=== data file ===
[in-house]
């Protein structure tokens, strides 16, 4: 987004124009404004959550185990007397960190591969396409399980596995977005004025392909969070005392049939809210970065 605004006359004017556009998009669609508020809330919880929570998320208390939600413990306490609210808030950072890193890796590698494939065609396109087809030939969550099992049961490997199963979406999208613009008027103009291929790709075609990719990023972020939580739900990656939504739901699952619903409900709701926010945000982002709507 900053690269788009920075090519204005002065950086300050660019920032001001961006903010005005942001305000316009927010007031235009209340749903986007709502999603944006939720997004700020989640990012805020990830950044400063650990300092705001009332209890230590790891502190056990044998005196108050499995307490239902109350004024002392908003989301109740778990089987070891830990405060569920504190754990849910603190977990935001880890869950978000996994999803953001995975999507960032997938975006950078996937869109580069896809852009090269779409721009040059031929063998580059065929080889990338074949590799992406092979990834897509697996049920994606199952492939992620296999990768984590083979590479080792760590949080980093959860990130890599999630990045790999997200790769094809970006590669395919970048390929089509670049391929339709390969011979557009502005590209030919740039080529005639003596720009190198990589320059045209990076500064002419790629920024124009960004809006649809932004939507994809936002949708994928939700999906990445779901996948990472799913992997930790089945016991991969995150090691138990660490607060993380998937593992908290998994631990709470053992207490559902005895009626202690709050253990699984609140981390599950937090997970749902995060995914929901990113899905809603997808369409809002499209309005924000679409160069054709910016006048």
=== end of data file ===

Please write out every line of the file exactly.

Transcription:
[in-house]
């Protein structure tokens, strides 16, 4: 987004124009404004959550185990007397960190591969396409399980596995977005004025392909969070005392049939809210970065 605004006359004017556009998009669609508020809330919880929570998320208390939600413990306490609210808030950072890193890796590698494939065609396109087809030939969550099992049961490997199963979406999208613009008027103009291929790709075609990719990023972020939580739900990656939504739901699952619903409900709701926010945000982002709507 900053690269788009920075090519204005002065950086300050660019920032001001961006903010005005942001305000316009927010007031235009209340749903986007709502999603944006939720997004700020989640990012805020990830950044400063650990300092705001009332209890230590790891502190056990044998005196108050499995307490239902109350004024002392908003989301109740778990089987070891830990405060569920504190754990849910603190977990935001880890869950978000996994999803953001995975999507960032997938975006950078996937869109580069896809852009090269779409721009040059031929063998580059065929080889990338074949590799992406092979990834897509697996049920994606199952492939992620296999990768984590083979590479080792760590949080980093959860990130890599999630990045790999997200790769094809970006590669395919970048390929089509670049391929339709390969011979557009502005590209030919740039080529005639003596720009190198990589320059045209990076500064002419790629920024124009960004809006649809932004939507994809936002949708994928939700999906990445779901996948990472799913992997930790089945016991991969995150090691138990660490607060993380998937593992908290998994631990709470053992207490559902005895009626202690709050253990699984609140981390599950937090997970749902995060995914929901990113899905809603997808369409809002499209309005924000679409160069054709910016006048």